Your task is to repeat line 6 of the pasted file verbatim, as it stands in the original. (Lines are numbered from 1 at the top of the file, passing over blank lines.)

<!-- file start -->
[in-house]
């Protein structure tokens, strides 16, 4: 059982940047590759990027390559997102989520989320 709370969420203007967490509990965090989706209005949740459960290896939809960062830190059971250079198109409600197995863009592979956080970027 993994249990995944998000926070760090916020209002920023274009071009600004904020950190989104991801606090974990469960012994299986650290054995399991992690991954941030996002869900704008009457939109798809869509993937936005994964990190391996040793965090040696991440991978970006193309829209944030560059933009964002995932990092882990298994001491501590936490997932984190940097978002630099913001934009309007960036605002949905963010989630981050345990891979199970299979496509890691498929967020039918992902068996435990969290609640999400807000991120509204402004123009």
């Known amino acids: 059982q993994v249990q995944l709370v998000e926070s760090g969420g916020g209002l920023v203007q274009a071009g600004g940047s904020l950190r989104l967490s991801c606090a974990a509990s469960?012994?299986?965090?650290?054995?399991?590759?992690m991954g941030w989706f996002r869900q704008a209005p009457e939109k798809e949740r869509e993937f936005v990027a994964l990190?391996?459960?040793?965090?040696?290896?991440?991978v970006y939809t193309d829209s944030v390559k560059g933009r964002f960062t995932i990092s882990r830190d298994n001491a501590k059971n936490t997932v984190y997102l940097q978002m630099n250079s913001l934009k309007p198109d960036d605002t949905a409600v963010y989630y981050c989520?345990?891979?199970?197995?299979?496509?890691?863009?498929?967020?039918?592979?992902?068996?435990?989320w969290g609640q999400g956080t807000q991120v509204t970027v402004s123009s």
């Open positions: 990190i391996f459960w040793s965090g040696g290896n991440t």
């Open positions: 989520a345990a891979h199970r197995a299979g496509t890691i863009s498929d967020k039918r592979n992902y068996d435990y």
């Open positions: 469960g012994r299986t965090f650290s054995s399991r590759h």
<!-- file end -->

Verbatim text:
């Open positions: 469960g012994r299986t965090f650290s054995s399991r590759h």